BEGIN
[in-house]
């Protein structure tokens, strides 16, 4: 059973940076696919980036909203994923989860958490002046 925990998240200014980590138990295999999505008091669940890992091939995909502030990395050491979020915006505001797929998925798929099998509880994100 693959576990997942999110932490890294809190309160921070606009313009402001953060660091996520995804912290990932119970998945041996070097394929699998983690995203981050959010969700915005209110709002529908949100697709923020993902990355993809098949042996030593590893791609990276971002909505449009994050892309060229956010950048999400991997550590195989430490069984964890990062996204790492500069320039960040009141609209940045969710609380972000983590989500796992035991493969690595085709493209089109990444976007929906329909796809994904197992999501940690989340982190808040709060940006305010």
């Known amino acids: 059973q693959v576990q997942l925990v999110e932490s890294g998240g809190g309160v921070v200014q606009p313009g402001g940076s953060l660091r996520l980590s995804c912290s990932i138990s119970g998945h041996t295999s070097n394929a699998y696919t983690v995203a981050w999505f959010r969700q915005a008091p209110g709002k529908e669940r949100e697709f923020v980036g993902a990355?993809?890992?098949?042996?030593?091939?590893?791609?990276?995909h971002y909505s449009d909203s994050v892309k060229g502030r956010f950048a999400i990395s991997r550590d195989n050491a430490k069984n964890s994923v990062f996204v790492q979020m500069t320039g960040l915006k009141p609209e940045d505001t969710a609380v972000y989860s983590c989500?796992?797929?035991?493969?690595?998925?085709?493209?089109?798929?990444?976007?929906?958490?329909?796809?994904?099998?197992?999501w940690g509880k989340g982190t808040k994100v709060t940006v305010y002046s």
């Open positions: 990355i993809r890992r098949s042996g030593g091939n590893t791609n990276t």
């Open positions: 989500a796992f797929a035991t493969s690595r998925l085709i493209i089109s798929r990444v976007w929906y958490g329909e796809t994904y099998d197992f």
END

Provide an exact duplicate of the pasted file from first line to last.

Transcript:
[in-house]
């Protein structure tokens, strides 16, 4: 059973940076696919980036909203994923989860958490002046 925990998240200014980590138990295999999505008091669940890992091939995909502030990395050491979020915006505001797929998925798929099998509880994100 693959576990997942999110932490890294809190309160921070606009313009402001953060660091996520995804912290990932119970998945041996070097394929699998983690995203981050959010969700915005209110709002529908949100697709923020993902990355993809098949042996030593590893791609990276971002909505449009994050892309060229956010950048999400991997550590195989430490069984964890990062996204790492500069320039960040009141609209940045969710609380972000983590989500796992035991493969690595085709493209089109990444976007929906329909796809994904197992999501940690989340982190808040709060940006305010």
């Known amino acids: 059973q693959v576990q997942l925990v999110e932490s890294g998240g809190g309160v921070v200014q606009p313009g402001g940076s953060l660091r996520l980590s995804c912290s990932i138990s119970g998945h041996t295999s070097n394929a699998y696919t983690v995203a981050w999505f959010r969700q915005a008091p209110g709002k529908e669940r949100e697709f923020v980036g993902a990355?993809?890992?098949?042996?030593?091939?590893?791609?990276?995909h971002y909505s449009d909203s994050v892309k060229g502030r956010f950048a999400i990395s991997r550590d195989n050491a430490k069984n964890s994923v990062f996204v790492q979020m500069t320039g960040l915006k009141p609209e940045d505001t969710a609380v972000y989860s983590c989500?796992?797929?035991?493969?690595?998925?085709?493209?089109?798929?990444?976007?929906?958490?329909?796809?994904?099998?197992?999501w940690g509880k989340g982190t808040k994100v709060t940006v305010y002046s």
């Open positions: 990355i993809r890992r098949s042996g030593g091939n590893t791609n990276t």
């Open positions: 989500a796992f797929a035991t493969s690595r998925l085709i493209i089109s798929r990444v976007w929906y958490g329909e796809t994904y099998d197992f």